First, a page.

- if it was profitable in the prior year - carrying back the loss to offset a profit in the prior year (this will result in repayment/reduction in CT payable in the prior year);
- carrying forward its loss to use to offset a profit it makes in the future (so less CT to pay in the future);
- surrendering its loss for a cash payment (rather than carrying it forward).
Where a company has a loss
If before calculating the R&D deduction a company has a loss the R&D enhancement will:
- Increase its loss giving it the options of
- if it was profitable in the prior year - carrying back a larger loss to offset a profit in the prior year (this will result in repayment/reduction in CT payable in the prior year);
- carry forward a larger loss to use to offset a profit it makes in the future (so less CT to pay in the future);
- surrendering its loss for a cash payment (rather than carrying it forward);
Value and benefit of surrendering a loss for a cash payment
If a company chooses to surrender its loss for a cash payment the payment is calculated as 14.5% of the value of the loss surrendered, while if it carries forward the loss to use to offset future profits the benefit is going to be at the relevant CT rate (in 2017/18 the corporation tax rate was 19%). So, for example, assuming the relevant loss is £100K:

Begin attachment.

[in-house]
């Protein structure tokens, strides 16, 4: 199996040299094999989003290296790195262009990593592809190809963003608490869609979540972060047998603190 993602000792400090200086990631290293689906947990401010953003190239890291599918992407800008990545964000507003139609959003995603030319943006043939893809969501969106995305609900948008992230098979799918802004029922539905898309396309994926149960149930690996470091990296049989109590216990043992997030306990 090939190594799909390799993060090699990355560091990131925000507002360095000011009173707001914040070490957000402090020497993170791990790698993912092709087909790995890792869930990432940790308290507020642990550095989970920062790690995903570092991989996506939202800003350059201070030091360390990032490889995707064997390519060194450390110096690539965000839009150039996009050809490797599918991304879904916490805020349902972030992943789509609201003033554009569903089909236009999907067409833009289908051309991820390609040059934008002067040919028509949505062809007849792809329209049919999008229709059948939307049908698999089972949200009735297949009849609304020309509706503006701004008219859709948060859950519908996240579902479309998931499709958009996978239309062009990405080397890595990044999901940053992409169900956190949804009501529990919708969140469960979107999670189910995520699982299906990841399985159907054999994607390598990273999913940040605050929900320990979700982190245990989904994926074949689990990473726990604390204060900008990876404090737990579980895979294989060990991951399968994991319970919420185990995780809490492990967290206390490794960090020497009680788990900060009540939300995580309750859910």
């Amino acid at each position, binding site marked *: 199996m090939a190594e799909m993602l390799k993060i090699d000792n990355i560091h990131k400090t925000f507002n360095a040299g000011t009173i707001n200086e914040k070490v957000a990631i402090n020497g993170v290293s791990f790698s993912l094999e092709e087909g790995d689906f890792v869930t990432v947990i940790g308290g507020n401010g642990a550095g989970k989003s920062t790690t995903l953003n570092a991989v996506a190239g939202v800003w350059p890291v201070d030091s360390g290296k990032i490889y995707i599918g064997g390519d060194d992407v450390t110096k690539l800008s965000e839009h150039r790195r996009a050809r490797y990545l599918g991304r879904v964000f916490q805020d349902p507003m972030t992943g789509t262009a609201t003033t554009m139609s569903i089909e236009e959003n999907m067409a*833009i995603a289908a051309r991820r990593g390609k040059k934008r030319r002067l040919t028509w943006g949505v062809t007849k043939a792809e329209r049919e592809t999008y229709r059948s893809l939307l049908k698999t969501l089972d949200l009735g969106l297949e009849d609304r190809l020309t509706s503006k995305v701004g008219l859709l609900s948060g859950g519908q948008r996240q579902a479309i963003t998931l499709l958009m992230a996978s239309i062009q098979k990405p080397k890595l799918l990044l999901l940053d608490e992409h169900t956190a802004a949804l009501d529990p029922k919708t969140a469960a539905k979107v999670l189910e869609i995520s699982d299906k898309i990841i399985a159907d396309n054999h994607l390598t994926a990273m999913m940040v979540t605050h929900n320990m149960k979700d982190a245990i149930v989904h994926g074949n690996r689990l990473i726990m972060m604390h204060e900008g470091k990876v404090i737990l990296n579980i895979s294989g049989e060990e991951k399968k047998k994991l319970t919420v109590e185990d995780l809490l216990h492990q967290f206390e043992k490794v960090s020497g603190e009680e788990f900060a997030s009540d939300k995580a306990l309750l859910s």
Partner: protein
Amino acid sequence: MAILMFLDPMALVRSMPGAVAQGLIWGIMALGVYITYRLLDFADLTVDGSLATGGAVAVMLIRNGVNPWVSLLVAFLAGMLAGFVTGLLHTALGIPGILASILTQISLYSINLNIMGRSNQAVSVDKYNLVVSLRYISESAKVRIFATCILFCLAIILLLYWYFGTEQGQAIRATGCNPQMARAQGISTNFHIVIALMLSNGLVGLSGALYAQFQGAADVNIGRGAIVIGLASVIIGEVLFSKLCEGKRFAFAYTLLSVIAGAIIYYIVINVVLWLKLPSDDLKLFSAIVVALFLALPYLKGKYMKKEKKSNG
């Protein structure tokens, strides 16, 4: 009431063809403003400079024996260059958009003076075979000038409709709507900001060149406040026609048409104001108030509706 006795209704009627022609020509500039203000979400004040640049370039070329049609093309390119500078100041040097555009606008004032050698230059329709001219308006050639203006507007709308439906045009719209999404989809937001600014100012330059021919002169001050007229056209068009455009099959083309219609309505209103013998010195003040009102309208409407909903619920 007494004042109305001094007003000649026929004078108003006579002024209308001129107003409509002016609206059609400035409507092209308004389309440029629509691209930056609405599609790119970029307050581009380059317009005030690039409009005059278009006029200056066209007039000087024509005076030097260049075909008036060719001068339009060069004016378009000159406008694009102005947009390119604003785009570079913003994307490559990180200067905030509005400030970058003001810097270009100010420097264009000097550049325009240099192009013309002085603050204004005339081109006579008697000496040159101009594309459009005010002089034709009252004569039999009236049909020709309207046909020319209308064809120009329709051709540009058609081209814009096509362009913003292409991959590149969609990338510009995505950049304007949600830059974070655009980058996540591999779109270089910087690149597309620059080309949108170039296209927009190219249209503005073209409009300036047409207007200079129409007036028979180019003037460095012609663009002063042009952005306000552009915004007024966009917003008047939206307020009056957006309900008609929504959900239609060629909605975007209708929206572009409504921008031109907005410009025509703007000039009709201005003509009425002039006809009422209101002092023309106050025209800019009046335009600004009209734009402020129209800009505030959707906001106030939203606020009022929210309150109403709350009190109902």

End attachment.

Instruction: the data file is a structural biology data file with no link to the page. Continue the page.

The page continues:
- If £100K is surrendered for a cash payment the company will receive £14.5K in cash.
- If £100K is carried forward and the company is able to use that £100K to offset a profit of £100K in the following year, the CT saving will be £19K (£100K x 19% corporation tax rate).
So the choice is cash now at 14.5% of the value of the loss surrendered, or reduced CT in the future at the higher corporation tax rate of 19% (or whatever the corporation tax rate is when the loss is used to offset a profit).
Note that the loss that can be surrendered for a cash payment is limited to the company’s R&D costs x 230% (or to put it another way: its R&D costs + its R&D enhancement).
What if the company already has a loss available to offset profits?
Let’s look at a scenario where in the relevant year:
- the company still has a profit after the R&D enhancement has been deducted, and
- it also had a carried forward loss that it has brought forward, sufficient to cover its profit.
In this scenario it’s not going to have any CT to pay because it can offset its profit using its brought forward loss, and it does also not have a loss that it can surrender for a cash payment as it made a profit (only a loss created in the relevant year can be surrendered for a cash payment). So there is no immediate benefit from the R&D claim. However there is still a benefit as the R&D enhancement offsets a portion of the profit. This means that an equal portion of the brought forward loss is not needed to offset the profit, so it is preserved to carry forward to use to off offset a profit in the future, thereby reducing future CT bills.
Are you ready to find out if you qualify or how much your R&D claims could be worth?